More Info – Call Humphrey 518-253-4844

(Rain Date: 1 PM Sunday Nov 24)


Volunteers Needed

Project: Pick Up Litter Along Rt. 82 from Shagbark To Baker Lane
Orange or Bright Yellow Outerwear Recommended

Plastic Bags Will Be Provided

 Sponsored by Hadlyme Public Hall, North School Society, Friends of Whalebone Cove, Lyme Land Conservation Trust, Hadlyme Hall Garden Club, & Town Of Lyme Open Space Office.

 More Info – Call Humphrey 518-253-4844

(Rain Date: 1 PM Sunday Nov 24)


Explore Nature Walk for Families with Kim Hargrave

Date: Sun November 17, 2019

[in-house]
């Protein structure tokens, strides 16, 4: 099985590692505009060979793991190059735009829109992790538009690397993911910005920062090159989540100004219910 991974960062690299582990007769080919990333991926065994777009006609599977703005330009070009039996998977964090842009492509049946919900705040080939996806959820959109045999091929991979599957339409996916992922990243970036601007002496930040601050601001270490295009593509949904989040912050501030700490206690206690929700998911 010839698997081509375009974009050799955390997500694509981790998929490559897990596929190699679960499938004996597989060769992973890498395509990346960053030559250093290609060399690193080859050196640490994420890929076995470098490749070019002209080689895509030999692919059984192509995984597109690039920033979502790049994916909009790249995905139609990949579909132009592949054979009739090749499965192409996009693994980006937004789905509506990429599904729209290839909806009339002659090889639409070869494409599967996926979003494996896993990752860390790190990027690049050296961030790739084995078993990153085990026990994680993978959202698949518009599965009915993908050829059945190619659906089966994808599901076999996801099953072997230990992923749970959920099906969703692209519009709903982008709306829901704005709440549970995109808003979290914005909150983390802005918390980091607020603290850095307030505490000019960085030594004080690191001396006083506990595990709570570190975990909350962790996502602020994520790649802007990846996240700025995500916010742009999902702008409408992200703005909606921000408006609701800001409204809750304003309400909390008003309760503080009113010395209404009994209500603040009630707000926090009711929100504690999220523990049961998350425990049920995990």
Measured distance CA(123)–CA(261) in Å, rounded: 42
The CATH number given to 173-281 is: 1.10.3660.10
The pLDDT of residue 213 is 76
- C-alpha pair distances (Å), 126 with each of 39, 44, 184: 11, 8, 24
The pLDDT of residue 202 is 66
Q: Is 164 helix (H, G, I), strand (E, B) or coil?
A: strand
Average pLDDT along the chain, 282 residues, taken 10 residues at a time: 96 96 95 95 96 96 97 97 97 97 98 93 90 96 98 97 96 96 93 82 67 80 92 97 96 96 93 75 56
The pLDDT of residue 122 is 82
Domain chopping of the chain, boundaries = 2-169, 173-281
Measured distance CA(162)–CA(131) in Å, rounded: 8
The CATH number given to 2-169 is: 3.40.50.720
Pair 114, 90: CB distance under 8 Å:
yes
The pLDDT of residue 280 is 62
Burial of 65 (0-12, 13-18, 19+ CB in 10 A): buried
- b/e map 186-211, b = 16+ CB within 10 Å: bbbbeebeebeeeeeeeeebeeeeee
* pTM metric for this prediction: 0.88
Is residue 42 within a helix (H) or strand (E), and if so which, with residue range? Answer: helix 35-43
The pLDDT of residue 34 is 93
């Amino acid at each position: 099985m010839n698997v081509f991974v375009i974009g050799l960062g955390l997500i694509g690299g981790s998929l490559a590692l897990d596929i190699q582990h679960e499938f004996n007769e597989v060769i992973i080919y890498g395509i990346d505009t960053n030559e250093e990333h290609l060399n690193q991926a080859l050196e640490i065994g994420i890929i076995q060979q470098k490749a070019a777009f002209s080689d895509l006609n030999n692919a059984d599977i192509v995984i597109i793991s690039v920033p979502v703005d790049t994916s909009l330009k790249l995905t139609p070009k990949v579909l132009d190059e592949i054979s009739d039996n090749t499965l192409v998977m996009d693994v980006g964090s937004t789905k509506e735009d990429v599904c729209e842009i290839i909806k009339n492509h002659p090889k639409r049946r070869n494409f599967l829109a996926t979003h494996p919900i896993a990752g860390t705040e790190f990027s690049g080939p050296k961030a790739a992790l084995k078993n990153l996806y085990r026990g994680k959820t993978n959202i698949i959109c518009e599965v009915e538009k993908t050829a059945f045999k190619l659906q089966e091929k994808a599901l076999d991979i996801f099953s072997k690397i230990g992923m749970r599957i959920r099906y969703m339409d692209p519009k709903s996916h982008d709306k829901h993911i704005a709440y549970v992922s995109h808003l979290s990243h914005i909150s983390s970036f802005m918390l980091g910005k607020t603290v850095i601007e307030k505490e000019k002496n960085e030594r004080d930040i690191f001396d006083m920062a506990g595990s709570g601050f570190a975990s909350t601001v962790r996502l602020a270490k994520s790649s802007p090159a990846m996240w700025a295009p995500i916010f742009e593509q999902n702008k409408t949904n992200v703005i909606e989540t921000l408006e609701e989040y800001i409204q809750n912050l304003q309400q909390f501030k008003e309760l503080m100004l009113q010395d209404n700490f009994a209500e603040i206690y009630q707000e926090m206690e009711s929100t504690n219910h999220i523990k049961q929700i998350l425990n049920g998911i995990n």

Time: 1:00 pm
Place: Banningwood Preserve, Town Street, Lyme CT
Contact Email: education@lymelandtrust.org
!!! seems it only displays well the 2nd time? ugh.

Please join us at Banningwood Preserve for a family walk geared for young children, with Kim Hargrave, Education Director of Denison Pequotsepos Nature Center. Along the way we’ll explore rock outcroppings, notice changes of the season and search for creatures getting ready for winter. We will listen to the sounds around us to create sound maps.

Reservations appreciated. Education@lymelandtrust.org

The Denison Pequotsepos Nature Center. located in Mystic CT, is a combination wildlife sanctuary, natural history museum, and educational facility highlighting the habitats of southeastern Connecticut. Their mission is to inspire and nurture appreciation and scientific understanding of the natural world and foster a personal environmental ethic.